Home / Crops / Looming La Niña could affect yields, prices

Looming La Niña could affect yields, prices

The USDA Supply and Demand Report later this month could see ending stocks for corn and wheat moving lower. That same report could see ending stocks for soybeans moving higher. The common thread for the changes in corn, soybeans, and wheat is U.S. exports.

U.S. corn exports could be seeing a boost due to the declining corn production in Argentina. Last month USDA estimated Argentina’s corn production at 42 million tons. Weather concerns in Argentina during January suggest its corn production could slip to 37 million tons. Increasing soybean production from Brazil could spell trouble for U.S. soybean exports beginning next month and into the balance of the marketing year, which ends in August. That export reduction could push U.S. soybean ending stocks higher than the current 470 million bushels.

Don’t look now, but could corn finally begin to see some bright news for prices, changing the funk producers have been in for months? March CBOT corn has been range bound since August between $3.45 and $3.70. Producers are sitting on a huge mountain of unsold corn in farm storage bins. While always optimistic, they realize $4 corn could be a possibility a whole lot sooner than $4.50 corn.

Informa two weeks ago lowered world corn production to 1,028 million tons. This compares to the USDA estimate of 1,044 million tons last month. Last year the world corn production was 1,076 million tons. Dry weather concerns are a big deal for Brazil’s corn production as well. Much of their corn production has been shifted away from the more desirable early planting period. Should Brazil’s production falter like what is already taking place in Argentina, the U.S. could be the world’s primary exporter for two or three months longer than earlier expected.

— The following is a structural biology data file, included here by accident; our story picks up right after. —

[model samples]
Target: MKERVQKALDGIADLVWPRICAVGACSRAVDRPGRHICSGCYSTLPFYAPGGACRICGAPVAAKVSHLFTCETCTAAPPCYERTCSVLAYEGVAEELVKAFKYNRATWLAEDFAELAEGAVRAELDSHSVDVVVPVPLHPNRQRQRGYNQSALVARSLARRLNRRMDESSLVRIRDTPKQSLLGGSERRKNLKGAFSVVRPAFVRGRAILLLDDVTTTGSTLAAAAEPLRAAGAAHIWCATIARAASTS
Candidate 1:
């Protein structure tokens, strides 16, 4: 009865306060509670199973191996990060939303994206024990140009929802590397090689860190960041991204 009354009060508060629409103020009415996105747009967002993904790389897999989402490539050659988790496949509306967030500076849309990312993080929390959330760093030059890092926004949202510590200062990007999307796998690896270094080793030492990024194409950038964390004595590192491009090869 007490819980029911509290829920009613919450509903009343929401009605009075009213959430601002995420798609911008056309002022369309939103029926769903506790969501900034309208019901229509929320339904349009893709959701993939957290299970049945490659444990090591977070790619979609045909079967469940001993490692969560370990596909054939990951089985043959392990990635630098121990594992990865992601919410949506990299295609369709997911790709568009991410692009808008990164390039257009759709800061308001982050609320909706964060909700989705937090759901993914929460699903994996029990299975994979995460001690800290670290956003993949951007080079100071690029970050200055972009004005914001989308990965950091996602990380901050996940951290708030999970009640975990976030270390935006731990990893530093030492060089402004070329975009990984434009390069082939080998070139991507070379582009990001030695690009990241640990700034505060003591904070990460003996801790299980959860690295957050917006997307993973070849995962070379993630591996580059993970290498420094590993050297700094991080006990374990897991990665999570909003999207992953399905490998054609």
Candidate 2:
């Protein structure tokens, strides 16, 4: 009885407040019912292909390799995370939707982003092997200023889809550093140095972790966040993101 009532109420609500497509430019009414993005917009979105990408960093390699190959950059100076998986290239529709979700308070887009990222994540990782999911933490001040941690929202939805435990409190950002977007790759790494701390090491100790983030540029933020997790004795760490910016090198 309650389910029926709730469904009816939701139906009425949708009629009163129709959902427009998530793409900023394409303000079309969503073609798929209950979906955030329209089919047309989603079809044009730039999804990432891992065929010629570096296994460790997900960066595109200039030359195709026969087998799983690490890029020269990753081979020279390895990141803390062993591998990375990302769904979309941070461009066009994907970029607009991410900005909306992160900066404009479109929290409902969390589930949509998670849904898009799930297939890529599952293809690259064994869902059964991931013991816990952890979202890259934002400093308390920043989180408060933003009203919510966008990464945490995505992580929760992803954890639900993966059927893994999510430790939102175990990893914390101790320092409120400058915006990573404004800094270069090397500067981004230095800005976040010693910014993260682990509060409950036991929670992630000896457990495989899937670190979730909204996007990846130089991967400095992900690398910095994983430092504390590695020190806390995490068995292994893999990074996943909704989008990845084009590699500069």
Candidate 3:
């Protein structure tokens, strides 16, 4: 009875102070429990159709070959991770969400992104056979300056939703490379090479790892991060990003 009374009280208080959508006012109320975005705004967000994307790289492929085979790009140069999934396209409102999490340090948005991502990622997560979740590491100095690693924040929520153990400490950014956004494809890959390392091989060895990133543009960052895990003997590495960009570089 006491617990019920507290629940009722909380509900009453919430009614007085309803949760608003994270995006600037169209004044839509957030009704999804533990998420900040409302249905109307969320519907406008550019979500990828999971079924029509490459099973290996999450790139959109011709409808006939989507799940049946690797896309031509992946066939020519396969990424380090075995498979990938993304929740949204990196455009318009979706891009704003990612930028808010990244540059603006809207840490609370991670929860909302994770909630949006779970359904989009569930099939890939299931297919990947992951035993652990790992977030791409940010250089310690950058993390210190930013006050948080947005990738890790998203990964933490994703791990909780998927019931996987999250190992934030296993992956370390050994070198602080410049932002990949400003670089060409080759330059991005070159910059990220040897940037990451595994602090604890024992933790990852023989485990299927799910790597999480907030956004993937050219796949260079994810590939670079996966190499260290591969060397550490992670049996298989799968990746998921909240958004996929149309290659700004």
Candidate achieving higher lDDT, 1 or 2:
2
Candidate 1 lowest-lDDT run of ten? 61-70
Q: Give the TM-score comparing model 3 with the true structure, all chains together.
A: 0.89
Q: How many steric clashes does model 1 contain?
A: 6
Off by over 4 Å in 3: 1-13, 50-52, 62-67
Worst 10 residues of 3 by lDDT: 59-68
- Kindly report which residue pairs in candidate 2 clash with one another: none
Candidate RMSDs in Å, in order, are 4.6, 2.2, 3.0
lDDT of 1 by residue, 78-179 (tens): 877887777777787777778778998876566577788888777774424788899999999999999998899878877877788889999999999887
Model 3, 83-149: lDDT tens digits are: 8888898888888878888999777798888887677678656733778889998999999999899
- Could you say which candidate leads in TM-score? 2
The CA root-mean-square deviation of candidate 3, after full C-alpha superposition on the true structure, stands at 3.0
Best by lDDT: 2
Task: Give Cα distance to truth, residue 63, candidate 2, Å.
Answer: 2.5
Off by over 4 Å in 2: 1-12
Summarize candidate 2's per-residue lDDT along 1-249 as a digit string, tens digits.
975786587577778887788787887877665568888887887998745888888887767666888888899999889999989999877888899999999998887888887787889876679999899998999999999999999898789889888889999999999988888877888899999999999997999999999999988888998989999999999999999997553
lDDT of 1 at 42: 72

Weather concerns are also manifesting in the U.S. Plains with dry weather potentially affecting wheat production there. It appears La Niña is becoming entrenched sooner than expected in the U.S. Its affect could also be deeper than seen in the past.

Well-documented history follows that if the U.S. Plains are too dry, it spells potential upcoming weather issues for this year’s corn and soybeans growing season. We could see well-defined horizontal bands east to west on both extremes of too little moisture as well as too much rainfall in the Midwest. At risk this year are the continuation of corn and soybean yields which have experienced above trend line yields for four consecutive years. Will that trend continue into 2018 for both corn and soybeans? That trend could be problematic as the changing sun spot cycle indicates we could easily see more weather issues in the next four years than those seen in the previous four years.

Dicamba and its use are being heavily discussed this winter. Documented effects in numerous locations around the country last year have demanded that discussion. The Internet and social media provide the ability to document good and bad application of all products used for grain production to be known within hours and days compared to weeks in previous decades. Chemical application specialists will be further refining its use with very specific instructions for this growing season.

There are very real benefits for producers determined to eliminate specific weed pressure concerns. Chemical companies have spent millions to see dicamba become a reality. It is not going away, it will be available for sale. It will require application with both temperature and wind conditions known well in advance to maximize its benefits for producers.

It is no surprise that with the stagnant corn and soybean prices seen for several years that U.S. net farm income has dropped drastically from the $122 billion level of 2012 down to $63 billion in 2017. Expect to see long and heavily debated discussions on the farm bill this year. With those discussions crop insurance could easily come under attack multiple times.

Check Also

Tearing down the silos

By Dusty Sonnenberg, CCA, Ohio Field Leader: a project of the Ohio Soybean Council and …

Leave a Reply

Your email address will not be published. Required fields are marked *